New technologies cloud the future for the traditional electric utility, but offer hope to the gas industry in boosting residential demand.
Investors apparently were paying attention in January when a Web-based analyst predicted Plug Power's stocks could gain 10,000 percent or more by 2010. Before month's end, the fuel cell manufacturer, which doesn't expect to turn a profit before 2004, saw a ninefold increase from the $16 closing day share price at its October initial public offering. That month Avista Corp. saw a sizable jump in its stock performance when Microsoft chairman Bill Gates took a 5.1 percent stake in the utility holding company. Analysts linked the investment to interest in Avista's fuel cell unit, Avista Labs.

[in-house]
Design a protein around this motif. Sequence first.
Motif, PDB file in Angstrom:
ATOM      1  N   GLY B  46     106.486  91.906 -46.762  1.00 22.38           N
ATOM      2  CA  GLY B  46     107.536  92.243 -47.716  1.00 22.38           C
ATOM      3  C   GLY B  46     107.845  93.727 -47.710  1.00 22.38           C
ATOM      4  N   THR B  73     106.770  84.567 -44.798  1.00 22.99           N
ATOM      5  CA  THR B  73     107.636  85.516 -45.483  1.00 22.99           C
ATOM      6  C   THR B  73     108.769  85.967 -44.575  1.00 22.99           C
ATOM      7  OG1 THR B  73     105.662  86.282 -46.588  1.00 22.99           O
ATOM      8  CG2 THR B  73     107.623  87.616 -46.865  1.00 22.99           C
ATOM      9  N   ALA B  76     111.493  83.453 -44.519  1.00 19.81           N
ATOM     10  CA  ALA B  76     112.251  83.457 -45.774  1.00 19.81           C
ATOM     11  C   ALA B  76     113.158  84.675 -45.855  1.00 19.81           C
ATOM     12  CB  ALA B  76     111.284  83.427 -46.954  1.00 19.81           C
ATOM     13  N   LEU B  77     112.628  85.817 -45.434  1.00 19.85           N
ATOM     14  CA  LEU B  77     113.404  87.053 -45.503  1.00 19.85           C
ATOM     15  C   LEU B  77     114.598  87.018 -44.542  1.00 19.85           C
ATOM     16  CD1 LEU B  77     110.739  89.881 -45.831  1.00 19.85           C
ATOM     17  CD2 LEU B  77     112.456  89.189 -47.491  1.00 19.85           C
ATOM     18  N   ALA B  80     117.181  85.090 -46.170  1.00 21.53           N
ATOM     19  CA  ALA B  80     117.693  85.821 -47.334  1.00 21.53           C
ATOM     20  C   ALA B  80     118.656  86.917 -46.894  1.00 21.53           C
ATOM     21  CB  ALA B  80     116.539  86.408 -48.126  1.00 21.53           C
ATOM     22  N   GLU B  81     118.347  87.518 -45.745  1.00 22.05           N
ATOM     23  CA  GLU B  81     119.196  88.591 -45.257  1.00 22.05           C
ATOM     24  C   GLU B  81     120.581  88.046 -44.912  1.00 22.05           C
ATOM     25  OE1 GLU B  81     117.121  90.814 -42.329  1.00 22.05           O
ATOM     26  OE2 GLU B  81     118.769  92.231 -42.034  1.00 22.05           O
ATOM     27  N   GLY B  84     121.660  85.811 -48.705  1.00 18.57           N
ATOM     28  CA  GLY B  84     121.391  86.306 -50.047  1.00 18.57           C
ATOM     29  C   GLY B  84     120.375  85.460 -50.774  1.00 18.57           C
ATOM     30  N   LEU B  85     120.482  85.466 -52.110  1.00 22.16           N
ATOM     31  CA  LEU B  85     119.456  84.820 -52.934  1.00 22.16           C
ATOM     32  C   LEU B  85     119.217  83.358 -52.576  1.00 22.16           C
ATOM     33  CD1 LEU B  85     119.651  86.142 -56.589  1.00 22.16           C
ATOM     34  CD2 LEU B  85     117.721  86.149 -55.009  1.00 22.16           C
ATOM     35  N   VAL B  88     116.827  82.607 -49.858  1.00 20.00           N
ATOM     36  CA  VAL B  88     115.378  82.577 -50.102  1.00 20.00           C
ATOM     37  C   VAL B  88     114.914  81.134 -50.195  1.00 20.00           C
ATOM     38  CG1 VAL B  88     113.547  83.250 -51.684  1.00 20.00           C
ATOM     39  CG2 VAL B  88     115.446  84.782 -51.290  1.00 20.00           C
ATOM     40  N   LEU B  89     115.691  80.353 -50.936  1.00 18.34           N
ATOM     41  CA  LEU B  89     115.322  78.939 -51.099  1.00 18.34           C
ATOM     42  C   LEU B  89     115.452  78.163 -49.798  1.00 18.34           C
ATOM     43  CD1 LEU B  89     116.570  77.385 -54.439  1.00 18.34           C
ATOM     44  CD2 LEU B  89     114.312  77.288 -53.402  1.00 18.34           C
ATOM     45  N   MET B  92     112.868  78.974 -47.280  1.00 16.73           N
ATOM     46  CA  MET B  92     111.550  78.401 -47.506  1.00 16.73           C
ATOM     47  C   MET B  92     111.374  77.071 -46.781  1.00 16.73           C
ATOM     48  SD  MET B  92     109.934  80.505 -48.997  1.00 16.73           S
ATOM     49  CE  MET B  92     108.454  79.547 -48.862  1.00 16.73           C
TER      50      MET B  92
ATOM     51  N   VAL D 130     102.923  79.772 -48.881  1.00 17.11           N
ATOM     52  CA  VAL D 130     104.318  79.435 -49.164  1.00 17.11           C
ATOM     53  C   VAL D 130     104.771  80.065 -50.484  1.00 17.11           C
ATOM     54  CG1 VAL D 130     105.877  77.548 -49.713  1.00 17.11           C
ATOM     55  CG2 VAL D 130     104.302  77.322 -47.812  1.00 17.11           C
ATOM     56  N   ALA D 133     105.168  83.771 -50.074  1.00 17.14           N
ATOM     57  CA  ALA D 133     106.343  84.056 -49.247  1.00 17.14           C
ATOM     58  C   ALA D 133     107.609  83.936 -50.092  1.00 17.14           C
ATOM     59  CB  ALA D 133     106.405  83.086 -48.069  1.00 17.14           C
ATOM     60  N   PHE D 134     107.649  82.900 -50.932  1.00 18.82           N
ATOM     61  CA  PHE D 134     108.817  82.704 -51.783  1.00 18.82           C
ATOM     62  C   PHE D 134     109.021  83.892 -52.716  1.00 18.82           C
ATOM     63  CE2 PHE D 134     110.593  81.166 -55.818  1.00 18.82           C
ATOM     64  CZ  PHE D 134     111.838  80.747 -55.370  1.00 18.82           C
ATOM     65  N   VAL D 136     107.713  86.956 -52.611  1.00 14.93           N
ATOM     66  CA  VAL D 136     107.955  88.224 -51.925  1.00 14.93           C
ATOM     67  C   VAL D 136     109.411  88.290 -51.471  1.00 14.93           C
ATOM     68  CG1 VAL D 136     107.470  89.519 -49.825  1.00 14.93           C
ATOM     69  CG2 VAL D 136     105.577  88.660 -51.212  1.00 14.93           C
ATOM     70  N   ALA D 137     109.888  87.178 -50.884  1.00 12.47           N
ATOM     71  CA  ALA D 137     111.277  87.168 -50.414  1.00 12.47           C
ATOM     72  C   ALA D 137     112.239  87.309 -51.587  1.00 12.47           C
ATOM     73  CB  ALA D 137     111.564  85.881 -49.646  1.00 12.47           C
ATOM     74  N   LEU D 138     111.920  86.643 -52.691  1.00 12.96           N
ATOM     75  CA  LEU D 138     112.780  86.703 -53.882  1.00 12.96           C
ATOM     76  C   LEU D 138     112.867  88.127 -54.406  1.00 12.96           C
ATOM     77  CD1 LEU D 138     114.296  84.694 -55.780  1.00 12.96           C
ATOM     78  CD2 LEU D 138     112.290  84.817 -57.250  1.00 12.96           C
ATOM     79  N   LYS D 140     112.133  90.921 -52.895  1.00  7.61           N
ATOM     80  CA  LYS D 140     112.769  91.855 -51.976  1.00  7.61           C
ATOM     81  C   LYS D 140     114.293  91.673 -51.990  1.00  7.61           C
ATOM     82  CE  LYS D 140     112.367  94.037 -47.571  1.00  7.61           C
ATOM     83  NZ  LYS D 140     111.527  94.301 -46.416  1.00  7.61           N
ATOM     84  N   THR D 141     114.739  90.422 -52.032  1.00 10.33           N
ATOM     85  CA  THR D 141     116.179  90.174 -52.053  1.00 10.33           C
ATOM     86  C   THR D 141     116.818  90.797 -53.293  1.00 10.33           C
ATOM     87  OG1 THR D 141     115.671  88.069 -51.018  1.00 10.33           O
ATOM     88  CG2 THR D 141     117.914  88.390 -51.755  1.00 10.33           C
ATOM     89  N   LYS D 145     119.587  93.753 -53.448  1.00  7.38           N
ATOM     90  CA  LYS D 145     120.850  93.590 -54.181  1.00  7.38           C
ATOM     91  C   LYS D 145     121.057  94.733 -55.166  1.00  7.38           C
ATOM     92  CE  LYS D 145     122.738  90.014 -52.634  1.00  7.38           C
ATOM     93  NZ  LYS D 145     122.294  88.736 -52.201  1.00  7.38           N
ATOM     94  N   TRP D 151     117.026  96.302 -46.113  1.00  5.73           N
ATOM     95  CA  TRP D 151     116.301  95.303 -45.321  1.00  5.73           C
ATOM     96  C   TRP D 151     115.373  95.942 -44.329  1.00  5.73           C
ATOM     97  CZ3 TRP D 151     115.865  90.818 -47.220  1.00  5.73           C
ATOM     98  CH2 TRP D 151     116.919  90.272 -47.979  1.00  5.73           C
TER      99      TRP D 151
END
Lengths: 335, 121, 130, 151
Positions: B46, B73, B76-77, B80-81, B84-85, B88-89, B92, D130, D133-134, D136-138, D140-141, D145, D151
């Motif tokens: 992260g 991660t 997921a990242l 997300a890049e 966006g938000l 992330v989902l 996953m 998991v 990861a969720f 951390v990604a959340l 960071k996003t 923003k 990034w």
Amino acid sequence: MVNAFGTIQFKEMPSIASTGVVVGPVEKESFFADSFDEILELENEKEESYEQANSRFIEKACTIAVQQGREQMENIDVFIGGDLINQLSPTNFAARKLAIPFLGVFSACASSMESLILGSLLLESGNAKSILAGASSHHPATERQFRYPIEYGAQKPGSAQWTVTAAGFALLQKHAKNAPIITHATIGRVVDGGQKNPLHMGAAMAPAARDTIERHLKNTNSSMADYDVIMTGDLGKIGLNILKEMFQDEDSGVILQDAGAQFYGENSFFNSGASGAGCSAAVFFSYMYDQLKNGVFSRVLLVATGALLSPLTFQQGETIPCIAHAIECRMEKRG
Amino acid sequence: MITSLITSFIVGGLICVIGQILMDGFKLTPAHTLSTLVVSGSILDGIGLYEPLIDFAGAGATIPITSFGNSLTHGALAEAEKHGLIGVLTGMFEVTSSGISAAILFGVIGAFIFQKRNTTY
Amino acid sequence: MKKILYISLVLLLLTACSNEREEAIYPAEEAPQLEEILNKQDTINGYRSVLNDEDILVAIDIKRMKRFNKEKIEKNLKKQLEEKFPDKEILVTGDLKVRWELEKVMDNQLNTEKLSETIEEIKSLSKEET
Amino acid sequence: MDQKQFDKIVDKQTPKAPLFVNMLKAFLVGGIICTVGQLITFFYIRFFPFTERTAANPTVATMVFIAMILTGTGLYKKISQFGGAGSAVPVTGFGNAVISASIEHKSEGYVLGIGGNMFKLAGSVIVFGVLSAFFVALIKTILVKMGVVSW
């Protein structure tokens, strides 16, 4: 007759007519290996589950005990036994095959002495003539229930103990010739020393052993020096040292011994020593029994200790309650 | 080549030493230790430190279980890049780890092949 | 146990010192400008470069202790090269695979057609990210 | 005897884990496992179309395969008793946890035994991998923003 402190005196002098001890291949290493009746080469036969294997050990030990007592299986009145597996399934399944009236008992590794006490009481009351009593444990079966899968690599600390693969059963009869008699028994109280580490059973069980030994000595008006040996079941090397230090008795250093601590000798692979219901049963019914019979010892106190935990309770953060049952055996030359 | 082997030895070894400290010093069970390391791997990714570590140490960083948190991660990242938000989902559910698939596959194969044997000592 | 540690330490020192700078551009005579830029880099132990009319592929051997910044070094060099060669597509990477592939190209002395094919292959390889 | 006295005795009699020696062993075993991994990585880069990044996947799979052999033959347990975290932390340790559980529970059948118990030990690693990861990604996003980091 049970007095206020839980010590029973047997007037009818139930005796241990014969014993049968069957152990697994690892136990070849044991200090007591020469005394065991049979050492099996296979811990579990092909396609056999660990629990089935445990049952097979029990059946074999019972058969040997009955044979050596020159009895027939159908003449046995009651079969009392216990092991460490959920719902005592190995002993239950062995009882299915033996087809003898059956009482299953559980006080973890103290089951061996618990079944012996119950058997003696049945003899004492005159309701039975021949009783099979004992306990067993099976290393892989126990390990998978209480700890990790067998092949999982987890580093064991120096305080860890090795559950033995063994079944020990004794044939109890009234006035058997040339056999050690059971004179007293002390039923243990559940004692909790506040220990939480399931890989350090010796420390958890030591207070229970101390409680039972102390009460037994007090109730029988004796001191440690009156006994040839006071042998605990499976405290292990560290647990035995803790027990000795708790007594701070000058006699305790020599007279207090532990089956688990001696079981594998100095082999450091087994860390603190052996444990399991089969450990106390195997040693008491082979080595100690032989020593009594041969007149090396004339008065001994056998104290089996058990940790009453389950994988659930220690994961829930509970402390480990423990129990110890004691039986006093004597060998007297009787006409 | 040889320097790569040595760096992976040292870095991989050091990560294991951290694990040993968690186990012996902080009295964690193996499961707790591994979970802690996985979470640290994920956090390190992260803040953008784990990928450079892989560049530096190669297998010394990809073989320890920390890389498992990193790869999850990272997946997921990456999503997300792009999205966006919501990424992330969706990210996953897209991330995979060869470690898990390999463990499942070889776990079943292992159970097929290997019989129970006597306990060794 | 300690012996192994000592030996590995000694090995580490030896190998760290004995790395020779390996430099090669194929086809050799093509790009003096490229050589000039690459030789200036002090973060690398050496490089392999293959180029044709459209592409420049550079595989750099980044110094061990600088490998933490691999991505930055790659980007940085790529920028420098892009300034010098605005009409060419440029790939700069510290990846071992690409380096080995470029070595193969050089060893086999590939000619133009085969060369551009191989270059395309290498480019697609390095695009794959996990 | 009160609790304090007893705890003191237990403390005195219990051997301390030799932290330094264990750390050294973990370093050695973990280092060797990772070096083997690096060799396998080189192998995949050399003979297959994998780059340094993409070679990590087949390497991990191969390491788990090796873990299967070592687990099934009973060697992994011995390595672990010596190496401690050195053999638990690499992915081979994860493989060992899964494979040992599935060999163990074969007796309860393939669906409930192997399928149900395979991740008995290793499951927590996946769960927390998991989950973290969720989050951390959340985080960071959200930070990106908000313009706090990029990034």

The story has been much the same for any company doing work in fuel cells. Do the facts justify the hype?
Market potential is all over the board. Just one fuel cell design - a 200-kilowatt power plant from ONSI Corp., a United Technologies Corp. subsidiary - has reached commercialization. Nearly 200 of the units have been installed worldwide, but at about $4,000 per kilowatt, price remains a big drawback. On the residential side, EPRI has identified at least 10 fuel cell manufacturers positioned to field test products by next year. Vehicle applications could be deployed in the 2003-2005 time frame, according to EPRI. Batteries and standby power represent yet another fuel cell application. The National Fuel Cell Research Center predicts annual revenues will exceed $10 billion by 2010.